Background: Chemotherapy and radiation treatments for cancer and other diseases can cause male infertility. There are currently no options to preserve the fertility of prepubertal boys who are not yet making sperm. Cryopreservation of spermatogonial stem cells (SSCs, obtained via testicular biopsy) followed by autologous transplantation back into the testes at a later date may restore fertility in these patients. However, this approach carries an inherent risk of reintroducing cancer.
Methods: To address this aspect of SSC transplantation safety, prepubertal non-human primate testis cell suspensions were inoculated with MOLT4 T-lymphoblastic leukemia cells and subsequently sorted for cell surface markers CD90 (THY-1) and CD45.
Results: Cancer cells segregated to the CD90-/CD45+ fraction and produced tumors in nude mice. Nearly all sorted DEAD box polypeptide 4-positive (VASA+) spermatogonia segregated to the CD90+/CD45- fraction. In a preliminary experiment, a purity check of the sorted putative stem cell fraction (CD90+/CD45-) revealed 0.1% contamination with cancer cells, which was sufficient to produce tumors in nude mice. We hypothesized that the contamination resulted from mis-sorting due to cell clumping and employed singlet discrimination (SD) in four subsequent experiments. Purity checks revealed no cancer cell contamination in the CD90+/CD45- fraction from three of the four SD replicates and these fractions produced no tumors when transplanted into nude mouse testes.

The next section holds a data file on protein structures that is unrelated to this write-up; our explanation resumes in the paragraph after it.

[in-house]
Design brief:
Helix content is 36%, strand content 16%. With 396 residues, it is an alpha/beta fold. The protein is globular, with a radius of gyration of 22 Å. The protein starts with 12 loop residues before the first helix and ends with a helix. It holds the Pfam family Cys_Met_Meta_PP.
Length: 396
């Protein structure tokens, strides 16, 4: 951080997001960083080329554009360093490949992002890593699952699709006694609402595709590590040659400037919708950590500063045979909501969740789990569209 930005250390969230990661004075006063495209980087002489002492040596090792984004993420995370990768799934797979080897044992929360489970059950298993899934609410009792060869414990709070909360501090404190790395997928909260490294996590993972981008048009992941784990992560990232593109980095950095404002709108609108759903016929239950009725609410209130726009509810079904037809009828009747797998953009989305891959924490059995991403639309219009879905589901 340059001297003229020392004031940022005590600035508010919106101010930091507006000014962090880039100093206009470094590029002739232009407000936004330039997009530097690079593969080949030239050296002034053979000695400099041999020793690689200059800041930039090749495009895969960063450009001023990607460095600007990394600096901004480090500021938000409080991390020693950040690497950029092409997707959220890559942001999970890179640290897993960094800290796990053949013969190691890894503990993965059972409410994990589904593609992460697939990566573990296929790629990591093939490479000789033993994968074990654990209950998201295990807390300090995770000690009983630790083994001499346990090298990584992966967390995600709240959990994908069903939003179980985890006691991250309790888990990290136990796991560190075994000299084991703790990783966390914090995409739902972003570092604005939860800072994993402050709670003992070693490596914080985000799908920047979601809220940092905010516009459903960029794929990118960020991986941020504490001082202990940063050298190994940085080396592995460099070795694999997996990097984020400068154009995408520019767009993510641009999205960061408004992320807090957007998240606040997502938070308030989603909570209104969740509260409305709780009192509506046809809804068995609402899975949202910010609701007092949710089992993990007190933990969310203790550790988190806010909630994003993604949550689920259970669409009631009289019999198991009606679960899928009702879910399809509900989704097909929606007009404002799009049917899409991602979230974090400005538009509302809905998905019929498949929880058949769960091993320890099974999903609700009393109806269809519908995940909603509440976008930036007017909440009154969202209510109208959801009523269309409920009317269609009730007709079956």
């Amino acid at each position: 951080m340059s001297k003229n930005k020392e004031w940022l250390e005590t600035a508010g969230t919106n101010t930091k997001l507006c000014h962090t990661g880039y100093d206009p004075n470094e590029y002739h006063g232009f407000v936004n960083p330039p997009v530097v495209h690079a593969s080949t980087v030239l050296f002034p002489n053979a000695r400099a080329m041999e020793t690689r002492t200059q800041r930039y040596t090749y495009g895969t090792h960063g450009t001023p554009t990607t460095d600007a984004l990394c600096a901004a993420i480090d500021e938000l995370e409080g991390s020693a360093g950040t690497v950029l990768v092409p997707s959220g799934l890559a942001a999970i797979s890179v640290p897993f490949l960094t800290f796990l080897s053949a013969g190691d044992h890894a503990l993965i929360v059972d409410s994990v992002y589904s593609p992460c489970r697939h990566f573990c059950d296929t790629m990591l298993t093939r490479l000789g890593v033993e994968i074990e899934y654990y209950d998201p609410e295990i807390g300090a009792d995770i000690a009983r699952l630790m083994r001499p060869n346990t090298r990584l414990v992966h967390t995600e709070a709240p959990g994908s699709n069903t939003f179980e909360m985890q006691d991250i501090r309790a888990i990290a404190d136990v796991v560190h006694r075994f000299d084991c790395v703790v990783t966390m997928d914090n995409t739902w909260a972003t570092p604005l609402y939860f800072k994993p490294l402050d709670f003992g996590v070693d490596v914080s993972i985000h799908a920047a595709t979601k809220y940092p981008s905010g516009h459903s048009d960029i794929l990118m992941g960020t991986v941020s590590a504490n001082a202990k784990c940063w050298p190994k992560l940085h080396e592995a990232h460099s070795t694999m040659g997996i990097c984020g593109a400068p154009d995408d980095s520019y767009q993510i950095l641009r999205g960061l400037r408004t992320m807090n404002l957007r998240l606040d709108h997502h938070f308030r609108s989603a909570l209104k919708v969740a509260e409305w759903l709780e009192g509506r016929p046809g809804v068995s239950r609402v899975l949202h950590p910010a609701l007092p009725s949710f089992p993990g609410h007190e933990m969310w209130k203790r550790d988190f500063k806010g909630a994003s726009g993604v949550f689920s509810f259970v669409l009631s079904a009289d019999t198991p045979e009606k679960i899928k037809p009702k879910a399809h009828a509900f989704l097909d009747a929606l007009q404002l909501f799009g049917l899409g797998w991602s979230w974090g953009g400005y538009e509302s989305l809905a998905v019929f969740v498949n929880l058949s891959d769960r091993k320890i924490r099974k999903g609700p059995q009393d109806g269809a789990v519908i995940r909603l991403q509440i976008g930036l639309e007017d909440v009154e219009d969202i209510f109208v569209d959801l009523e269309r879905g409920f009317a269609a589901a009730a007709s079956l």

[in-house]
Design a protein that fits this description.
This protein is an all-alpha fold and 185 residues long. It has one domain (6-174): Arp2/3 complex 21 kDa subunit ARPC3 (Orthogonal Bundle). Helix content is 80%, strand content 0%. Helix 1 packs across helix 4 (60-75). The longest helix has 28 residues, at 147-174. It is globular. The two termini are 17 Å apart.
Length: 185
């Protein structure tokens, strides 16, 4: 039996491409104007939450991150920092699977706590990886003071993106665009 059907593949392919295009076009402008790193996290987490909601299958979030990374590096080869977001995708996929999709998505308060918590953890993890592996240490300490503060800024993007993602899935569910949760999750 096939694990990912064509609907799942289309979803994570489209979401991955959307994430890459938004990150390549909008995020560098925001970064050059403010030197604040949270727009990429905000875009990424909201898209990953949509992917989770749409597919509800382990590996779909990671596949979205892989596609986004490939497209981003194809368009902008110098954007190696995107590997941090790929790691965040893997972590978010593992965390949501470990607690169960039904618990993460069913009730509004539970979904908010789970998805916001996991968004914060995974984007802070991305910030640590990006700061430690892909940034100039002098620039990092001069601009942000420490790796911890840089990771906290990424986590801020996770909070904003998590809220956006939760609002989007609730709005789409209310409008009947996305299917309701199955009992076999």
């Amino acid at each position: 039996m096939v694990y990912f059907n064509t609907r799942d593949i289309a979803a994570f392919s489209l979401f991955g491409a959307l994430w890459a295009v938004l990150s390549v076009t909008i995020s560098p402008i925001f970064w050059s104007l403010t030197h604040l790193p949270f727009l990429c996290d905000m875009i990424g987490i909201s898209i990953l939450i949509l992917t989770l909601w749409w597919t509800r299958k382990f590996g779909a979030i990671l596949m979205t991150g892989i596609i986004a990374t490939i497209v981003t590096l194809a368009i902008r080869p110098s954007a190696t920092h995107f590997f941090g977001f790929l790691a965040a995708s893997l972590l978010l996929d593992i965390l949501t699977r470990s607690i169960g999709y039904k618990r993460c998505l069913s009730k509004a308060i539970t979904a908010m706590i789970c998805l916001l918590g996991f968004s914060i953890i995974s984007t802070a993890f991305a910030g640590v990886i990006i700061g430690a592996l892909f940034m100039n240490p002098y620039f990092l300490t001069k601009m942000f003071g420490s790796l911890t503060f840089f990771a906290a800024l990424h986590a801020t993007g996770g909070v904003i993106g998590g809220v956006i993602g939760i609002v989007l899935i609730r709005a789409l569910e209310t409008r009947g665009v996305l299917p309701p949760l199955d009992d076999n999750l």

Conclusions: We conclude that spermatogonia can be separated from contaminating malignant cells by fluorescence-activated cell sorting prior to SSC transplantation and that post-sorting purity checks are required to confirm elimination of malignant cells.